Stevie Wonder may have stolen the show on the second night of ACL, but the glorious rain that came earlier in the day—which inspired smiles and celebration even as festival-goers got drenched—ushered in the most surprise. After all, it hadn’t rained (significantly, anyway) in Austin since May. Temperatures modulated and energized the crowds. Fall is in the air!
Once again, the smooth operations of the festival impressed me. Even as the park teemed with people, the mood was easy and accommodating. Props to fest organizers C3, who continue to make improvements to the festival’s operations and addressing concerns. This year, we found increased shade structures, additional free water stations (courtesy of CamelBak), and numerous opportunities to assist organizations such as The Nature Conservancy and statewide firefighting squads. It’s always great to feel philanthropic while you’re having fun.
Aside from the music, there’s a lot going on at ACL. What other festival, for example, offers such a wide variety of dining options prepared by upscale restaurants? And I’m not talking about turkey legs and corn dogs. Local flavor rules here. ACL’s food court, “curated” by Chef Jeff Blank of Hudson’s on the Bend, offers options such as pork-belly sliders with pickled onion ($6 by Odd Duck Farm to Trailer), oyster tacos with chile-honey aioli ($8 from Garrido’s), crispy artichoke hearts ($6 by Bess Bistro), steak frit sandwiches ($7 by Aquarelle), and truffled macaroni-and-cheese ($7 by Lonesome Dove Western Bistro out of Fort Worth. I’ll admit I found it amusing to see bikini-and-boots-clad fans sprawled on the grass eating meals they might normally enjoy by candlelight in a restaurant.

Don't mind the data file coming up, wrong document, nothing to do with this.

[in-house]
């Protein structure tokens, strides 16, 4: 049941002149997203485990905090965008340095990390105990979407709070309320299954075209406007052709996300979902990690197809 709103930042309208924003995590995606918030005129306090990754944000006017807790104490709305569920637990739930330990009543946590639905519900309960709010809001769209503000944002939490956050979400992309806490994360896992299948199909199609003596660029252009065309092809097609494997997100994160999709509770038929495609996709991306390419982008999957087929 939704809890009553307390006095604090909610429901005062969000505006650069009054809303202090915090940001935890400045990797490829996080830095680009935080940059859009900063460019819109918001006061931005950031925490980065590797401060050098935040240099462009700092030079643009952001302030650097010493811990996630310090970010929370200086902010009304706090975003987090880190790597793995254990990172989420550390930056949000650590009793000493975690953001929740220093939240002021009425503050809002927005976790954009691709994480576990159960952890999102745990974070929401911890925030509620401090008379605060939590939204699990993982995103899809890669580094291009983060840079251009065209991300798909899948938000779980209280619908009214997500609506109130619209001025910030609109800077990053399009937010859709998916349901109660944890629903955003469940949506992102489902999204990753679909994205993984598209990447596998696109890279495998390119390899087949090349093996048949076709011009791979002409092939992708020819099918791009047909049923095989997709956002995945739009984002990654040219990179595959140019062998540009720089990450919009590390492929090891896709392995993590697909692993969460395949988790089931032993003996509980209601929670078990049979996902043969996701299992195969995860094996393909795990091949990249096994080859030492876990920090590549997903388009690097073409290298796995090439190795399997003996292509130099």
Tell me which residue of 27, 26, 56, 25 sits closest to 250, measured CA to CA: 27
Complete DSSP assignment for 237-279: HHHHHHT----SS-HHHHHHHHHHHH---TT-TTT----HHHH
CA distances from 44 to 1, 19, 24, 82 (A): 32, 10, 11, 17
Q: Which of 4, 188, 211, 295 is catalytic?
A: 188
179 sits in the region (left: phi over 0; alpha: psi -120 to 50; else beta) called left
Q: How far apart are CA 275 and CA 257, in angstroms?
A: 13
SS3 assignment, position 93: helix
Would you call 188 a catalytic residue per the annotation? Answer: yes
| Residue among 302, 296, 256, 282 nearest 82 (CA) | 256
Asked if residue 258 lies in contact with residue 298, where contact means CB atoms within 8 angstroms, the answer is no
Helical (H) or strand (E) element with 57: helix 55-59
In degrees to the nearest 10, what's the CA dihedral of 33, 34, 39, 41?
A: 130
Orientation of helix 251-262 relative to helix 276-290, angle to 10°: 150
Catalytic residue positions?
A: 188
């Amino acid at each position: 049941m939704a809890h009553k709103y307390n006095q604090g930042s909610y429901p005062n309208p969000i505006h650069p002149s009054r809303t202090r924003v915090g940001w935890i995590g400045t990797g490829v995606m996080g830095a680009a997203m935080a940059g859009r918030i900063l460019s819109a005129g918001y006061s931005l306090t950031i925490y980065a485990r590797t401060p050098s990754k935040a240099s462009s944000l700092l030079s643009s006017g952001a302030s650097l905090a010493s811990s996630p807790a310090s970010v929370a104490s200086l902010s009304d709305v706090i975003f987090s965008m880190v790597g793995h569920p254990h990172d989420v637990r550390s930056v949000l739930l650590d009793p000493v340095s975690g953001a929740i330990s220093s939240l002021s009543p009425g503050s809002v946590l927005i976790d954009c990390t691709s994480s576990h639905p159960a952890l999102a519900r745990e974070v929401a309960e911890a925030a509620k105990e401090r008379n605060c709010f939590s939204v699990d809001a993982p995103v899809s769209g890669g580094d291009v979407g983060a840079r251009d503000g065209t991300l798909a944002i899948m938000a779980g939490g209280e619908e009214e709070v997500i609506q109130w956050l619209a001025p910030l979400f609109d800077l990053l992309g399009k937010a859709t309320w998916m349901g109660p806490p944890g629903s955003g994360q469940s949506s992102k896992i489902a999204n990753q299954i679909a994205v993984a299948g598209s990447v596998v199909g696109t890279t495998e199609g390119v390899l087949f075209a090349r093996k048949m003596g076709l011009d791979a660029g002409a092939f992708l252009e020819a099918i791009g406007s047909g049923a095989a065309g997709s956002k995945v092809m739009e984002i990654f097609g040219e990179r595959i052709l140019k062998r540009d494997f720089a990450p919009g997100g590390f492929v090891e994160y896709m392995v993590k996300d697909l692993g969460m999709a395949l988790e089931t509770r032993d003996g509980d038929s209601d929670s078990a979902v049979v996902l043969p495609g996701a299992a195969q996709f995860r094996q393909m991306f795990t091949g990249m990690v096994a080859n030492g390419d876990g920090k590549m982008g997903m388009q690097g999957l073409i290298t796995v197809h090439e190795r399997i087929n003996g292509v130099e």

When the rain subsided, I spent some time checking out the arts offerings. The variety here reminded me of a marriage of Austin’s Cherrywood Art Fair, Armadillo Christmas Bazaar, and South Congress’ First Friday funkiness. Drive-by-Press offered silkscreened T-shirts, Bolsa Bonita had an assortment of kitschy and ironic bags printed with hirsute Tom Selleck images, Rokoko’s imaginative ceramics, dresses by SOLA, $25 straw cowboy hats by Texas Headgear, leather-and-metal cuffs by LeighElena jewelry, scarves by Pangea, and wood-mounted prints of Austin scenes by Austin Art Garage. Most vendors were local, though a few came from as far as Chicago. The owner of Souldier, who was here from the Windy City for her 5th year at ACL, tells me her recycled-seatbelt headbands, bags, and guitar straps sell well at ACL, and that bands such as My Morning Jacket, Iron and Wine, TV on the Radio, and Fleet Foxes all use her guitar straps on stage.
So the line blurs once again. Art and music. Bring on the fun.